||It looks like the author had a good
idea that she could have explored, but she was constrained by the fact
that the Jedi Order was bound by certain unreasonable rules.
Unfortunately, instead of exploring what love means to the Jedi, there
was very little exploration done at all.
This story was mainly plot, with the love
story superimposed upon it. The plot involves a young boy who is a
superwhiz at computers and security. Out of boredom, he taps into
communications channels and overhears five bounty hunters describing
their plot to assassinate twenty planetary leaders. As a result, he
becomes a target of those same bounty hunters. Qui-Gon, Obi-Wan, Adi
Galia and Siri are sent to escort the boy to a Senate hearing.
As they move from place to place,
always just behind or just ahead of the bounty hunter, the Masters and
their Padawans are separated. Everybody had incredible insight into
where the bounty hunters were, or where the next move in this game would
take place. Yet other than that, the Jedi don't use their powers at all,
not to move obstacles out of their way, or to influence the fights they
find themselves in.
I liked the way Obi-Wan and Siri stole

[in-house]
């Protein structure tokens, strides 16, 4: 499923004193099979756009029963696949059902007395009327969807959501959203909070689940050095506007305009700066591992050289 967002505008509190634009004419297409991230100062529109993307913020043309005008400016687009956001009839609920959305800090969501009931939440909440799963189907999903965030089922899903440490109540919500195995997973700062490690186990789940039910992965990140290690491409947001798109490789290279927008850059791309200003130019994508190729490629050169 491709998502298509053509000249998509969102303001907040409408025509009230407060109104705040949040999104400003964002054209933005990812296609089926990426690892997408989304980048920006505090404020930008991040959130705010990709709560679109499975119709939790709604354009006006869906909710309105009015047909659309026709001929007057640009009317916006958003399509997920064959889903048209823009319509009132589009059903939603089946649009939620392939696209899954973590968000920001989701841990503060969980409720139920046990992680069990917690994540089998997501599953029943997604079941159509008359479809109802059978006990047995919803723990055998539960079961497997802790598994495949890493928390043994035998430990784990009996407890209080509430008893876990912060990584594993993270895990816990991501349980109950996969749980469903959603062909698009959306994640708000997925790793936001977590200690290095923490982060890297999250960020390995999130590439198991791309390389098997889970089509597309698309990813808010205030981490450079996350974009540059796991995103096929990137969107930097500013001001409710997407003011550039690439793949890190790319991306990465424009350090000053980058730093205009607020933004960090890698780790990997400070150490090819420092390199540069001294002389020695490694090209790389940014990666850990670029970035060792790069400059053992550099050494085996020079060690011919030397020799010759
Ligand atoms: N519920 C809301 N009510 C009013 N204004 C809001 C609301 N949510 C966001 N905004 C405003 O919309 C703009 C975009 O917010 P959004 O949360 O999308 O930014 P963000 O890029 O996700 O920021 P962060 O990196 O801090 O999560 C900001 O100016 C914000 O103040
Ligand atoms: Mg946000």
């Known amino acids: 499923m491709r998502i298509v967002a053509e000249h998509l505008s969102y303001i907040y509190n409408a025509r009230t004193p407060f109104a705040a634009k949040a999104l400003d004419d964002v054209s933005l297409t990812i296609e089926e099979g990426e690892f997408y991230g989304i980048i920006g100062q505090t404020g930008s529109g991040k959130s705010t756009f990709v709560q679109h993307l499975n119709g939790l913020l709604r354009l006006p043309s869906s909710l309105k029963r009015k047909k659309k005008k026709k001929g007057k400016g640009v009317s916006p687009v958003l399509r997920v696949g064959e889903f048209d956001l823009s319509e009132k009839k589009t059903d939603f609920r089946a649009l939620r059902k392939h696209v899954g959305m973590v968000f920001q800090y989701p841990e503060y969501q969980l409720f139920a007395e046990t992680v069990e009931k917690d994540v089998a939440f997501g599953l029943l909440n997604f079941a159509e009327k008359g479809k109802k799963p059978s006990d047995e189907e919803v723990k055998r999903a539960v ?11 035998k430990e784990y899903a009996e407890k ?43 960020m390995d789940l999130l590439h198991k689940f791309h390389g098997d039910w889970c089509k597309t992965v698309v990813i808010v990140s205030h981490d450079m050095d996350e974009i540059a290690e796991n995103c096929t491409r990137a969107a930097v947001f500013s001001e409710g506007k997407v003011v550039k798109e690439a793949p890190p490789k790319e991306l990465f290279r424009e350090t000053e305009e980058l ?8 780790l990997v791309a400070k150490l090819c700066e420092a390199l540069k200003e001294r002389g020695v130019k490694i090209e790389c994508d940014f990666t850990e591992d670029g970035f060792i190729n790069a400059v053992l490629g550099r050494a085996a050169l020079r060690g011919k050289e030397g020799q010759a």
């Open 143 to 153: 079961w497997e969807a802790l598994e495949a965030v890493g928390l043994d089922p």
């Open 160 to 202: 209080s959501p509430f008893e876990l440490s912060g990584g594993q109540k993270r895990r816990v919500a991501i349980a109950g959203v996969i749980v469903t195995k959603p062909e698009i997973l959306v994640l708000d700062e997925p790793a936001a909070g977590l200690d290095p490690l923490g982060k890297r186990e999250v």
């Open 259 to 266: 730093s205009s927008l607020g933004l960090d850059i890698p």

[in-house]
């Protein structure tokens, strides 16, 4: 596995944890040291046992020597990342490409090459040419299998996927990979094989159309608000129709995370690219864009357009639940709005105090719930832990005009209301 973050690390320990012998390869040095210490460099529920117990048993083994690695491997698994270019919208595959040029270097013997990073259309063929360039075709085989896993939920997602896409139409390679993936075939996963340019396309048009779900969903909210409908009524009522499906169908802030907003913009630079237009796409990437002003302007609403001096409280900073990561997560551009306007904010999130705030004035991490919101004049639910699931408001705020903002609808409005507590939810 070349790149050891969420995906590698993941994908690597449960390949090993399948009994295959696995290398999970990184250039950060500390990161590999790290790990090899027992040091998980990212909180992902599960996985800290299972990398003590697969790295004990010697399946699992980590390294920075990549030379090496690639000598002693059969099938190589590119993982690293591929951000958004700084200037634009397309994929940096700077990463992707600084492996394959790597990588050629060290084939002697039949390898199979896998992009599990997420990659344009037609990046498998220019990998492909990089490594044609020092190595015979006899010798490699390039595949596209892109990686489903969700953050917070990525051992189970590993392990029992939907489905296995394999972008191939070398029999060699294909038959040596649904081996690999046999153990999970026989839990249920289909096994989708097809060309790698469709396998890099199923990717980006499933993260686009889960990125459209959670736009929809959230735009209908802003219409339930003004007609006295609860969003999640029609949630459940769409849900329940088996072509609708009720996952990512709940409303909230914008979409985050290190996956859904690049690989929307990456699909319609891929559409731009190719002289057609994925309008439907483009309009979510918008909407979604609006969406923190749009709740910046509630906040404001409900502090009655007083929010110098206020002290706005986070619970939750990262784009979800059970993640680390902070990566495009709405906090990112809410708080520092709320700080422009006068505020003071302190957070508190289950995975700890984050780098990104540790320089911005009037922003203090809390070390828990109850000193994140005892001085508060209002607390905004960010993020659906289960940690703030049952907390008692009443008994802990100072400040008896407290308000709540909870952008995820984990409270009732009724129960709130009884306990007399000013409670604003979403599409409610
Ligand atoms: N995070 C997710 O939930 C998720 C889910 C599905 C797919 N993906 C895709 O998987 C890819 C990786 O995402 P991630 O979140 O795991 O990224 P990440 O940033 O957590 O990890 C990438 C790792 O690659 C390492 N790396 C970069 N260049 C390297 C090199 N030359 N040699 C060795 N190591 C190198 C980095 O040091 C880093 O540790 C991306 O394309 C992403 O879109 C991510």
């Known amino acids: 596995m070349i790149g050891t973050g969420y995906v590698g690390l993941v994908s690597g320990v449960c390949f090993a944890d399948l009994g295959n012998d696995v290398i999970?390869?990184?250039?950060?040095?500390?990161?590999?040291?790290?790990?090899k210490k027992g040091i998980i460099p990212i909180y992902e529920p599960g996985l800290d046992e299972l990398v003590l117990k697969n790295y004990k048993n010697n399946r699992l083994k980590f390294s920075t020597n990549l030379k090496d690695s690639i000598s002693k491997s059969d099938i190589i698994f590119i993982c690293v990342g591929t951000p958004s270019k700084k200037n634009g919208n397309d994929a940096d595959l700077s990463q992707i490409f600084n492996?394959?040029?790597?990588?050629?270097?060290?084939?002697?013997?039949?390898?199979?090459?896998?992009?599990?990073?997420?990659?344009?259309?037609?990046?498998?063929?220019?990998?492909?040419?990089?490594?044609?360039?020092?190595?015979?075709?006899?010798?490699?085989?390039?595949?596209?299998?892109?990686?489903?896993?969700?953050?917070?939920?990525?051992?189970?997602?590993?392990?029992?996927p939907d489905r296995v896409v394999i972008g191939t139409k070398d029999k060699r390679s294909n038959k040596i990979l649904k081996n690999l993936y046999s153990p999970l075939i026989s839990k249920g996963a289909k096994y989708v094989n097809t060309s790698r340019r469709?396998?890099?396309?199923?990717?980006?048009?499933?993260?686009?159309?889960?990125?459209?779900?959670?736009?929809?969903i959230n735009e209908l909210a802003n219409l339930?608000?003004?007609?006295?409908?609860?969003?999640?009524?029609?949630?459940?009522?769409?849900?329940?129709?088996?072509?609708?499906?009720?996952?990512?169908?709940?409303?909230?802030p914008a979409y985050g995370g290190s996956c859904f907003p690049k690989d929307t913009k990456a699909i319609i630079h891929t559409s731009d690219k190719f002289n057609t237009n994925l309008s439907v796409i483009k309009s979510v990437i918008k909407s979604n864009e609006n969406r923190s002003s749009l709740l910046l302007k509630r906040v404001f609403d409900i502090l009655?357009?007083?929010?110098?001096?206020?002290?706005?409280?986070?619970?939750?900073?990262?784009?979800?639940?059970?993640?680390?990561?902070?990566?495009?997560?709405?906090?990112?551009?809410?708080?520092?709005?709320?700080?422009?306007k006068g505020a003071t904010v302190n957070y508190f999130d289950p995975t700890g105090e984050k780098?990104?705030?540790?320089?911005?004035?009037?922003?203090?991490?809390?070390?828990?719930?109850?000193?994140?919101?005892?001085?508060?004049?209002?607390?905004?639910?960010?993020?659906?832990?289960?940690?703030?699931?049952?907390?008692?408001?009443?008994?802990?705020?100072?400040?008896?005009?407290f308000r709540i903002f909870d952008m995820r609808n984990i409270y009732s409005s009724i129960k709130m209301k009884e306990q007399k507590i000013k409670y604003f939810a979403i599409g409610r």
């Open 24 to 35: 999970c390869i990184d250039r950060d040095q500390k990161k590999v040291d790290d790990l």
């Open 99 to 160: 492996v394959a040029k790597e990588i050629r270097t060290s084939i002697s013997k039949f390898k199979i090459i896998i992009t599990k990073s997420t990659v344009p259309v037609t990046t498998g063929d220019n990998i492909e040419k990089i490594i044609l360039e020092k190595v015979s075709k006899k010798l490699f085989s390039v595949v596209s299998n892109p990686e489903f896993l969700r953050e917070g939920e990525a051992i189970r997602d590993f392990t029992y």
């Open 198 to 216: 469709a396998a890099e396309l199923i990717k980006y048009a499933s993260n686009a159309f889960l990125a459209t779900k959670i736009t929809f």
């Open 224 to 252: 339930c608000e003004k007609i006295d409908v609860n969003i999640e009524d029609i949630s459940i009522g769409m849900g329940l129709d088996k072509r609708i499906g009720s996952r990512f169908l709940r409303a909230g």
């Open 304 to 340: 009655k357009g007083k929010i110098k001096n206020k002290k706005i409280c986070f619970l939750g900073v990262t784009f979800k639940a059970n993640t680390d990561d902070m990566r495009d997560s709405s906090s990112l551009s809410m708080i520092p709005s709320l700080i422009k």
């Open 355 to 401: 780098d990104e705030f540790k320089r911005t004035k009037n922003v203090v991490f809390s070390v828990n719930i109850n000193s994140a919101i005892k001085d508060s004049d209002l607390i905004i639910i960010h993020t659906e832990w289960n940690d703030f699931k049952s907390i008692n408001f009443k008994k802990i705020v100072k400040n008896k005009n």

the ship of the bounty hunter Magus, sneaking out from under his nose
while he was watching for them to board an outbound vessel. A final
trick of Magus', however, leaves them in a ship about to explode as it
exits hyperspace. Other novels have shown that it is impossible to
perform any communications from hyperspace -even emergency broadcasts,
so the author is breaking the rules with their plan to be pulled from
hyperspace. Also, if they were ready to leave hyperspace near Coruscant,
then the two extra hours they waited would take them way beyond their
Both Masters and Padawans magically and
independently come up with the location of the conference where the
assassinations will take place (though the Masters use the Jedi
Archives). The boy surrenders himself when Obi-Wan and Siri's ship is
boarded, knowing that he still has information that can keep him alive
until the Jedi can rescue him. I enjoyed parts of the fights against the